One of the reasons we’ve created this blog is because Ghostwriting is one of those get thrown in the deep end kind of jobs. There’s no university or vocational program that can prepare you for working as a ghostwriter. The only way you learn is by doing—often very clumsily at first.
For those of us who’ve taken the hard knocks along the way, I think it’s important to share those lessons with up-and-coming ghostwriters. Most likely they’ll still make the same mistakes, but at least they’ll be able to look back and say, “Ah! That’s what you were talking about.”
One of the biggest lessons I learned on my first big contract with an author whose book was picked up by a major publisher was the importance of fact checking. Once the publisher pressed me on a few claims given to me by the author, I realized that much of what an client serves up as fact is wrong at best and distorted at worst.
Since then, I’ve had a hard-and-fast rule: Don’t trust anything your client claims as fact at face value. Always fact check.
Fact check everything, including direct quotes from newspapers and magazines. Don’t trust that your client took the time and care to get it right. Clients don’t (generally) get it wrong on purpose, but they just have other things to do. That’s why they hired you. They think in ideas and concepts, not in minutia. That’s your job. Well, both are your job…but the minutia is especially your job.
Along the way, I’ve picked up some neat tricks to make you a great fact checker—and a fast one.
When I first started working with editors at publishing houses, I learned that the magic bullet for any fact-checking questions was to prove it was already printed in another book. There’s something you have to understand about publishers. They’re less concerned with the fact being true than they are about being legal liable for the claim that it is fact. If something is already published, they’re most likely off the hook legally.
With that in mind, I found the ability to search Google Books to be invaluable. When you have a quote attributed to a person or author but no reference from a client, simply type it into the search engine of Google Books, and if you’re lucky, you’ll find it already printed in another work. From there you can get all the book’s publishing information for citation, refine the quote, and look like a rock star.
It’s a pretty nifty trick that makes you look much more well read than you probably are.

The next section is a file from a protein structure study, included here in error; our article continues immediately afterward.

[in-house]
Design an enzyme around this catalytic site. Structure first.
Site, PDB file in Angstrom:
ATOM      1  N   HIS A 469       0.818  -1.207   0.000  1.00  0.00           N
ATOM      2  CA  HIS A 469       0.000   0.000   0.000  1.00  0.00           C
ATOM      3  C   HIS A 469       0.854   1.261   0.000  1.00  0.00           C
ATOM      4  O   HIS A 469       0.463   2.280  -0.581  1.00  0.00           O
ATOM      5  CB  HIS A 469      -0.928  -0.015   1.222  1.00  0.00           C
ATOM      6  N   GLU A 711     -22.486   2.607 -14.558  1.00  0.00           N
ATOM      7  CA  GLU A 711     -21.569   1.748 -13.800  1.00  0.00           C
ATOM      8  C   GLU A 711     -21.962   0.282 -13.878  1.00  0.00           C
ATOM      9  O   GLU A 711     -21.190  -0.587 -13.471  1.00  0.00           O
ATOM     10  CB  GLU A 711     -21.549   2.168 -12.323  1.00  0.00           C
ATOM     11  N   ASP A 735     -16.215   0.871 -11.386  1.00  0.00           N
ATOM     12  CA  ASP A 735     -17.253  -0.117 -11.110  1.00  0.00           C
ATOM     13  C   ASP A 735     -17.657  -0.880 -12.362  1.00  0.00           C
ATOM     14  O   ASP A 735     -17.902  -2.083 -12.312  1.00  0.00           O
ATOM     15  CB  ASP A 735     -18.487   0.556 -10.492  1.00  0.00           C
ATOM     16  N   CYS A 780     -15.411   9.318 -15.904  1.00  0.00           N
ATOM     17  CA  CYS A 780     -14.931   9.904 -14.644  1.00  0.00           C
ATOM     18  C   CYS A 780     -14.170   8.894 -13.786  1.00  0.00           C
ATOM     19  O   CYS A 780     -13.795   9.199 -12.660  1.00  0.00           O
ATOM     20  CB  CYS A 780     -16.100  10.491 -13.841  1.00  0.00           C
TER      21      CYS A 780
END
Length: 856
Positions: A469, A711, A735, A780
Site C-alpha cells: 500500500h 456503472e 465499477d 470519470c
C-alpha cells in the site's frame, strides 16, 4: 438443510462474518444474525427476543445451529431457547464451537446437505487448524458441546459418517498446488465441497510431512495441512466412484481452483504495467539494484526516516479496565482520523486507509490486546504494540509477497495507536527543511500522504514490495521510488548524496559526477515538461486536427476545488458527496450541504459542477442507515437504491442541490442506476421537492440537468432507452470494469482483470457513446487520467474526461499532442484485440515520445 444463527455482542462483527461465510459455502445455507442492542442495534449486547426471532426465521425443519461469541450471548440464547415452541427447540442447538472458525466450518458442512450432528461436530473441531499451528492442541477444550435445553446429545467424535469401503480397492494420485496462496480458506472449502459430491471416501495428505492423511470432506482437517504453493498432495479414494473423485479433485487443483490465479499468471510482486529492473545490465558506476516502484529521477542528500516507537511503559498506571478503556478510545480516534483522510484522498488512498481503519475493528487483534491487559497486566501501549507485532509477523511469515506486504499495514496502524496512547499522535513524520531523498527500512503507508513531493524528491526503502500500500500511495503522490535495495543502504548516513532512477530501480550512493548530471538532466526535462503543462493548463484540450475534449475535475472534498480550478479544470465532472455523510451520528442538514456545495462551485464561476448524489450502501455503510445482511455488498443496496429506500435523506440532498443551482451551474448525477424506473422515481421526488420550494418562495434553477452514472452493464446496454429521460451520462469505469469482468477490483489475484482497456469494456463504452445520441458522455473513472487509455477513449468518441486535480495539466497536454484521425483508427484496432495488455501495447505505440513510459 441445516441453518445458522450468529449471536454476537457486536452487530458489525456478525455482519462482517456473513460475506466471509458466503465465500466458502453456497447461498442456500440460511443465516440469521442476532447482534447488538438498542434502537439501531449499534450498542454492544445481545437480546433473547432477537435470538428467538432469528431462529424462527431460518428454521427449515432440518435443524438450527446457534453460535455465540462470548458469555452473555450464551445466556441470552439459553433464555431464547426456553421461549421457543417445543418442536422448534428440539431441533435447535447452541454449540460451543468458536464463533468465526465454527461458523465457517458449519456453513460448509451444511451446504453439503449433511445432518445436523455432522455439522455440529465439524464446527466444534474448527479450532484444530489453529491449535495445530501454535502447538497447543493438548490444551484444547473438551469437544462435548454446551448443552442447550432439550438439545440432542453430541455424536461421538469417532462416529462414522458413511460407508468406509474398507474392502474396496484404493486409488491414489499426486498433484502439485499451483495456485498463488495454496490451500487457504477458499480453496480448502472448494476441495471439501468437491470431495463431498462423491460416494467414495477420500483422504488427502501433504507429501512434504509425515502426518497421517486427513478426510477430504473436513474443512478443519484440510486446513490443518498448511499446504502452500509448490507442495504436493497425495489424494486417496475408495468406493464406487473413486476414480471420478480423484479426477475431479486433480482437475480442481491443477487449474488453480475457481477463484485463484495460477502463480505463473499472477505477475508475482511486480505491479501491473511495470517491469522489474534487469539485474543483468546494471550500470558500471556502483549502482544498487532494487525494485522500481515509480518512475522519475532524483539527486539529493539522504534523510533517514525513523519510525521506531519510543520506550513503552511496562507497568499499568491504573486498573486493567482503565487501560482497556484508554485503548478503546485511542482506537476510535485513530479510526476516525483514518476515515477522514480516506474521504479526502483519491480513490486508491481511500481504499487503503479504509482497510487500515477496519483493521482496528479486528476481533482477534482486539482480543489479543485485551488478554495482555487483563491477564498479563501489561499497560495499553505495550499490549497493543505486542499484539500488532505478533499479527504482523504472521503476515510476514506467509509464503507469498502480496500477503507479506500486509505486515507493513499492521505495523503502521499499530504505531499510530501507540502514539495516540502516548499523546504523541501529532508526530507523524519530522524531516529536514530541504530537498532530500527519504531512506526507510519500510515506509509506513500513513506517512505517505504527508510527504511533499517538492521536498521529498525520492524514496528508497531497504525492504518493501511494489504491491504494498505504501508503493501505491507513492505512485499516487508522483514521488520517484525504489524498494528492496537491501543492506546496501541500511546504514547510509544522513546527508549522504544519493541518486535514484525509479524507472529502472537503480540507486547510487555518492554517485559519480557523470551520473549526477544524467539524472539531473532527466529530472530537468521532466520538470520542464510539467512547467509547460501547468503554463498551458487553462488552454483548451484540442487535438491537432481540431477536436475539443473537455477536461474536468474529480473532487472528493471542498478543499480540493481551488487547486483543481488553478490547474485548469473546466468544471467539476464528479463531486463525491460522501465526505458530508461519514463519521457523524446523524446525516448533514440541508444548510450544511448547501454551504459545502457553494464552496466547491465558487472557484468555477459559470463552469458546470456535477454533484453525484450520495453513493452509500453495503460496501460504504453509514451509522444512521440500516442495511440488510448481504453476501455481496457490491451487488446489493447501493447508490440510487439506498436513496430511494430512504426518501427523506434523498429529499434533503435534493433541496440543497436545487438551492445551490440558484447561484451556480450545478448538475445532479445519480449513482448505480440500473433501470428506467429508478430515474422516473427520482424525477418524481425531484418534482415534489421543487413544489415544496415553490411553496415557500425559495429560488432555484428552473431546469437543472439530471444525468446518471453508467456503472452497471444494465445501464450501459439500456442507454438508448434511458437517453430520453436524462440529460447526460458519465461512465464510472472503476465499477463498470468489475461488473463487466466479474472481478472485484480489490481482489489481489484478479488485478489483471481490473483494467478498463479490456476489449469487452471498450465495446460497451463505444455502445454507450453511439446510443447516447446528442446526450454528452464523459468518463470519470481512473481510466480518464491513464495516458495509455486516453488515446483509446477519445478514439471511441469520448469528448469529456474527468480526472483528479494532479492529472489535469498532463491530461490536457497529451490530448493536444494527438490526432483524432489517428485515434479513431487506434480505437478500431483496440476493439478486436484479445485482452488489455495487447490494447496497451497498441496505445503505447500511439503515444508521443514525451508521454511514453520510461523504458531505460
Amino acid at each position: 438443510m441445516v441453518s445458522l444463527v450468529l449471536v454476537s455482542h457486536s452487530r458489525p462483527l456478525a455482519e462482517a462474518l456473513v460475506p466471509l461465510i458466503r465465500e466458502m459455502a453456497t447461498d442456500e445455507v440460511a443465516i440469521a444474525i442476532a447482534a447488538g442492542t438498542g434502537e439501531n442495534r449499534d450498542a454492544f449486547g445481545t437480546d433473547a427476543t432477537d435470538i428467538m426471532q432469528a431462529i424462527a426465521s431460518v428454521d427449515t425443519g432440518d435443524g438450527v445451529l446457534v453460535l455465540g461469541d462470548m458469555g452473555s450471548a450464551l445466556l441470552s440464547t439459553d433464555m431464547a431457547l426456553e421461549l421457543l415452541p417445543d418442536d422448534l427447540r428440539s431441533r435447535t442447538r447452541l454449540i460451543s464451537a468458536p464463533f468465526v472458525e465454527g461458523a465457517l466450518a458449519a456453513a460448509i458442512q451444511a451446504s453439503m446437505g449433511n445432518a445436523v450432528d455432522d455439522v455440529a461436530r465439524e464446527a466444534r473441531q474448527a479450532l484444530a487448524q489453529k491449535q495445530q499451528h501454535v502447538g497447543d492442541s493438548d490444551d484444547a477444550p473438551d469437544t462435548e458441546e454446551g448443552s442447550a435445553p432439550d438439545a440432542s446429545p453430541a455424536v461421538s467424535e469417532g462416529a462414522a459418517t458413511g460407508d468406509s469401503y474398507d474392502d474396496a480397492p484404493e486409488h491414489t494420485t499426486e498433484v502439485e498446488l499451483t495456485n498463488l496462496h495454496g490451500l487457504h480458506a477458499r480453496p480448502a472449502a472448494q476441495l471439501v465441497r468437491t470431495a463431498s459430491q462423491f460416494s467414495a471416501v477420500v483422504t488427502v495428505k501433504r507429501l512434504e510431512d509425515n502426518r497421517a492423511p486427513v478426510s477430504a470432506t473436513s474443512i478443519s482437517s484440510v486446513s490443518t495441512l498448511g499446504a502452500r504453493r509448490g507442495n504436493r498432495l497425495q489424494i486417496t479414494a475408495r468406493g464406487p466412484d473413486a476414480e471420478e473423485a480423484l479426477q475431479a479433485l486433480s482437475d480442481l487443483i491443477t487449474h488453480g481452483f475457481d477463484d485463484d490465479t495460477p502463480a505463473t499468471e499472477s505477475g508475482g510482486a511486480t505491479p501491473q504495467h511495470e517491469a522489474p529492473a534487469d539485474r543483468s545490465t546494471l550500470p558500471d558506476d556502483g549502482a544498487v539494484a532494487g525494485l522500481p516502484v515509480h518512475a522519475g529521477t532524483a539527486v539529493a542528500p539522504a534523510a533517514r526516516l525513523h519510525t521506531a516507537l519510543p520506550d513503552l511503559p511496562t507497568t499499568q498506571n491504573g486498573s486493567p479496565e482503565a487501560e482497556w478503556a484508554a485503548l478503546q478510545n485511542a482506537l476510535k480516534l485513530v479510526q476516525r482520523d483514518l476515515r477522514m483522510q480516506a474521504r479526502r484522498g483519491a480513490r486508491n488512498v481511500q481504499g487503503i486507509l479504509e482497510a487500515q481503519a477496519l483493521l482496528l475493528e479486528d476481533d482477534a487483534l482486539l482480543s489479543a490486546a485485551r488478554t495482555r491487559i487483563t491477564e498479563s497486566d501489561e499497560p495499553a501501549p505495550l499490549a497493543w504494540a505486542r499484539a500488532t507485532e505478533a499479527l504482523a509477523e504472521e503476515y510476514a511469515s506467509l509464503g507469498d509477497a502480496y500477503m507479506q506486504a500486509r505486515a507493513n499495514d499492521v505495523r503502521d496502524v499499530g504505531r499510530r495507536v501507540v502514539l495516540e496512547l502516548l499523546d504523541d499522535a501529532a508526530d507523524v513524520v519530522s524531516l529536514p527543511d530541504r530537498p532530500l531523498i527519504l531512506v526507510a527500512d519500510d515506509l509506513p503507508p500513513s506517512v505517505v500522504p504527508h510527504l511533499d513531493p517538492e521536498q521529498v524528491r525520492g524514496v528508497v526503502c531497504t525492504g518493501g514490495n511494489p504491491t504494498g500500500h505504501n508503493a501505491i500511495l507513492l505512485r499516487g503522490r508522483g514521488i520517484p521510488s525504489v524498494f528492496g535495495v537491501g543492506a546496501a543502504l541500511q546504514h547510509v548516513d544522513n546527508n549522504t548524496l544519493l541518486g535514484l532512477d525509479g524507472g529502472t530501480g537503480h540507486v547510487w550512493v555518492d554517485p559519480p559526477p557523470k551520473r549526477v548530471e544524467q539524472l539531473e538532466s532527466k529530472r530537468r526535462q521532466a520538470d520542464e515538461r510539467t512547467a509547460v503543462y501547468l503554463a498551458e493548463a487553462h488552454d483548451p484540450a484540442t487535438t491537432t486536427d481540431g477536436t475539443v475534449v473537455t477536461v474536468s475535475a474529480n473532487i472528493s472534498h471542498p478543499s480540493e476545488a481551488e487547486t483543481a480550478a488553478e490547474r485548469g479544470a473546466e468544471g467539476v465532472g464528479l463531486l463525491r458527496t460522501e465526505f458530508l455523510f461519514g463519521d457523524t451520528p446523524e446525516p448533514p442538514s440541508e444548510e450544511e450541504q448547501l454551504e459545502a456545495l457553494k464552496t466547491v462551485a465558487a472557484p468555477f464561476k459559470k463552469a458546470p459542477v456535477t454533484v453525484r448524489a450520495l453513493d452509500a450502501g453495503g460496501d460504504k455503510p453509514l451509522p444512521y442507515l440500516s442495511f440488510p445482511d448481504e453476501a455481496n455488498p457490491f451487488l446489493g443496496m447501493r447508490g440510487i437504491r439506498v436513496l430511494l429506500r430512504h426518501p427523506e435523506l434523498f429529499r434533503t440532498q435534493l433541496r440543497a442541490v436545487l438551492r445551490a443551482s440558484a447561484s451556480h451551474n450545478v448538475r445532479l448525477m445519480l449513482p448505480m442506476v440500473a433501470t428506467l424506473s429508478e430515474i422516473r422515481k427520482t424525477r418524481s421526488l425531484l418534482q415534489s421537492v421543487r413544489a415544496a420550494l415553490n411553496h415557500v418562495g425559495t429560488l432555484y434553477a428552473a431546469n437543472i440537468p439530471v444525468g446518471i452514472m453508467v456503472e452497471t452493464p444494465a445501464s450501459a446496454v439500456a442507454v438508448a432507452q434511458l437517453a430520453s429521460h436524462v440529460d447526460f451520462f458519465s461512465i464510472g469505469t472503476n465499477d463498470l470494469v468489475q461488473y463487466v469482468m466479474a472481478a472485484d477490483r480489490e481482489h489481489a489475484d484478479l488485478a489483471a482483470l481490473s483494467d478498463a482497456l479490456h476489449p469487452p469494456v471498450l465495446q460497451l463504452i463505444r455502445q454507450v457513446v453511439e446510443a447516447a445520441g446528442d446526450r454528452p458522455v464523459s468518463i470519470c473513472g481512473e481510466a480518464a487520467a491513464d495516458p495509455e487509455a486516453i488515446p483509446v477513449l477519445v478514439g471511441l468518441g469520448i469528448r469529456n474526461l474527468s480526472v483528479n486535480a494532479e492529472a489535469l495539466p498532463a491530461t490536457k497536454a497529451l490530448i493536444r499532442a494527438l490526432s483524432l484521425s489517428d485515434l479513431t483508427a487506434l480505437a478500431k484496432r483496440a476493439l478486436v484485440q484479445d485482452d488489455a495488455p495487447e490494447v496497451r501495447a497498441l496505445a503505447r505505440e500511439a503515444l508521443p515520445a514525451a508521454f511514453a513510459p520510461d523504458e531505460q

For general research and fact checking, I love Wikipedia. I don’t actually use the articles themselves. No self-respecting publisher will accept Wikipedia as a source. But I love the general overview it gives me, and even more importantly, I love the citations at the end of each article.
Often I skip down to the bottom of a Wikipedia article to find references to books, articles, and PDFs with a wealth of information that can be used to verify facts for the project I’m working on. It’s much more efficient than spending hours trudging through search engines. I think of Wikipedia as my own research assistant.
Every once and a while, I’ll come to the end of a search having been unable to verify a fact. If it’s not a vital bit of information, I usually delete it. But if I think it’s a fact that should stay in the book, I’ll shoot off an email to FactCheck.org. There’s nothing quite so satisfying as being able to push the burden of fact checking off to someone else—and for free.
Become a master searcher
One of the easiest ways to become a great fact checker is to simply get intimate with your favorite search engine. When my client has a quote from a publication like say The New York Times or Newsweek, I simply copy and paste that quote into Google and hit search. Often the article will show up on the first hit. I do this because the quote is often almost correct—but not quite. Usually it will be copied down in a hurry and a word or two will be wrong. By going to the source, I can get the quote correct and keep angry publishers at bay.
I also use Google for a number of other simple searches to verify numbers and statistics by entering a few choice keywords. I honestly don’t know how people lived without search engines. I must have been a dreary existence.
Take your time
This one comes from Mary Ward in a guest post over at a great writing blog called Write for Your Life. And it makes such great sense. The first key to becoming a great fact checker is to take your time and read slowly enough to recognize things that need to be fact checked in the first place.
You need to train your mind to always be looking for unverified claims. To put it bluntly, you need a well-refined bull-crap catcher. Read suspiciously. Question everything. And do so slowly and methodically. By doing so, you’ll save face for your client and yourself.
OK. So now it’s your turn. What are some ways you keep up your rock start fact checker status?